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Constitutional Rights in the Woods

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Idaho to decide constitutional amendment for hunting and fishing

November always brings the reality that winter is coming, the daylight hours are shorter, the rain, the cold, and of course the deer season is in full swing. During election years it’s my favorite time, because all the campaign signs come down and the endless political ads come to an abrupt stop. As annoying as the political games can be I hope you all made some time to vote this year. You know you can’t go around complaining about things unless you voted!

If you did vote you probably noticed the proposal to add a new section to the Idaho Constitution “to provide the right to hunt, fish, trap, including by the use of traditional methods, are valued part if the heritage of the State of Idaho and shall forever be preserved for the people and managed through the laws, rules and proclamations that preserve the future of hunting, fishing, and trapping; to provide that public hunting, fishing, and trapping of wildlife shale be a preferred means of managing wildlife... .”

If you voted “no” you dismissed this proposed amendment to the Idaho Constitution and it leaves the Constitution just as it was written. If you voted yes, you supported making hunting, fishing, and trapping a constitutional right in Idaho. 

For many years the Idaho Fish and Game Commission has not supported attempts by lawmakers to escalate hunting rights to the constitutional level. However, last March the Idaho Legislature passed a joint resolution, HJR2, and after weeks of debate it went on to the House and Senate, eventually reaching approval. This time, our Fish & Game commission supported the proposed amendment as well.

We, as a state agency, the Idaho Fish and Game, are prevented by law from taking a position, which is why I’m writing this article now that you have had a chance to vote. I’m not allowed to have an opinion outside my home walls, and I suppose I’ll continue to be a puppet because my job is important to me and my family. However, the The Idaho Fish & Game Commission, which sets policy for our agency, and is allowed to have opinions, has publicly supported this amendment.

So what happens if this amendment is not passed? Hunting, fishing, and trapping are not constitutional rights and life goes on. Does that mean Idaho Fish & Game will be doing business any different? Nope. 

So what happens if this amendment is passed? Idaho Fish & Game will retain authority to regulate wildlife by the use of biological and population sciences. Those residents of Idaho who want to hunt, fish, or trap must purchase a license and are subject to the laws of partaking in such activities. The amendment goes on to say that it does not prohibit the suspension of hunting, fishing, or trapping licenses for unlawful behavior. It’s business as usual, as I far as I am concerned.  However, you always have to be cautious when making a change to the constitution, as it leaves things open to judicial review and interpretation.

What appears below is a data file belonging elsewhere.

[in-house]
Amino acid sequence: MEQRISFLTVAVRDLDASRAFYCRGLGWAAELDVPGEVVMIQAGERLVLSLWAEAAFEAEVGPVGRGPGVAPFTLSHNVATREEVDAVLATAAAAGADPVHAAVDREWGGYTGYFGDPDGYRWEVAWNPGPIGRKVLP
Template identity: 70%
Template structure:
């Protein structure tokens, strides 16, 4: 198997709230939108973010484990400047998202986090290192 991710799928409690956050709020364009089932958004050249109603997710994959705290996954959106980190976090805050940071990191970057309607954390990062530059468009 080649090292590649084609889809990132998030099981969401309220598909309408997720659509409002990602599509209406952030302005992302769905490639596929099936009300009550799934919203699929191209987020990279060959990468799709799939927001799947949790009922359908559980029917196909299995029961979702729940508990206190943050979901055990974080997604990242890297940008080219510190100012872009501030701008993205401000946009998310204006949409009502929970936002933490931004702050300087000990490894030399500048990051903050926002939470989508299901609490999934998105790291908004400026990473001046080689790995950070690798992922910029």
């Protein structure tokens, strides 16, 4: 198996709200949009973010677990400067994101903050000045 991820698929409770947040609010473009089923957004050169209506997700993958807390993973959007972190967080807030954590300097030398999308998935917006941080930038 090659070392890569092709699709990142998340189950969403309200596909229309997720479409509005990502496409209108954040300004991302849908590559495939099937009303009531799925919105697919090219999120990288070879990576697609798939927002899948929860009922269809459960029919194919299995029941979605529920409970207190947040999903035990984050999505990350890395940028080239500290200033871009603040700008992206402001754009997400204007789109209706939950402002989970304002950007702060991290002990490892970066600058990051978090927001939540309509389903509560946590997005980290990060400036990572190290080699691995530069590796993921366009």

Some argue that this amendment would protect our hunting heritage from opposition groups trying to remove the element of hunting in the North American Wildlife Management model.  The Idaho Fish & Game Commission argues that support of the amendment would prevent that from happening and allow the Department to continue with our mandate to “preserve, protect, perpetuate and manage” Idaho’s wildlife.

Some concerns, even from hunters, trappers, and fisherman, is whether this amendment is really something we need to add to the constitution. Isn’t the Constitution reserved for protecting basic human rights such as freedom of speech, assembly, and religion? If we start opening up the constitution to these “add-ons,” what else can we expect down the road?

Are we the only state to have such an amendment proposed? Hardly not; Vermont made the rights to hunt, fish, and trap a part of their original constitution in 1777! Since the mid-1990s, 12 other states have added a similar amendment to their constitution with Kentucky, Wyoming, and Nebraska voting along with Idahoans this year.  In 2010 Arizona voters shot down a similar amendment.

Like I said earlier, I’m not allowed to have an opinion, so I’m merely just bringing up some opposing ideas and subsequently relaying what it means for your Fish & Game Department if it passes or doesn’t pass.

Regardless, the key to successful wildlife management is providing quality habitat and applying good science to preserve, protect, and perpetuate Idaho’s wildlife populations. Then, and only then, will we have viable populations that are subject to hunting. Any true sportsman understands that basic principle.

Happy Veterans Day to all our Vets out there, thank you for your service to our Nation and the sacrifices you and your families have made.  For those brave souls who never made it home to their loved ones, you are not forgotten. The Sandpoint District Conservation officers would also like to wish you all a Happy Thanksgiving as well. Remember to take the time to be thankful for the natural resources we have here. It’s all our jobs to take care of it responsibly. Please take the time to make that call to report poaching. Citizen’s Against Poaching hotline 800-632-5999, your local sheriff’s office or local game warden. Thank you!

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Matt Haag Matt Haag is an Idaho Fish and Game Conservation Officer.

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The Game Trail

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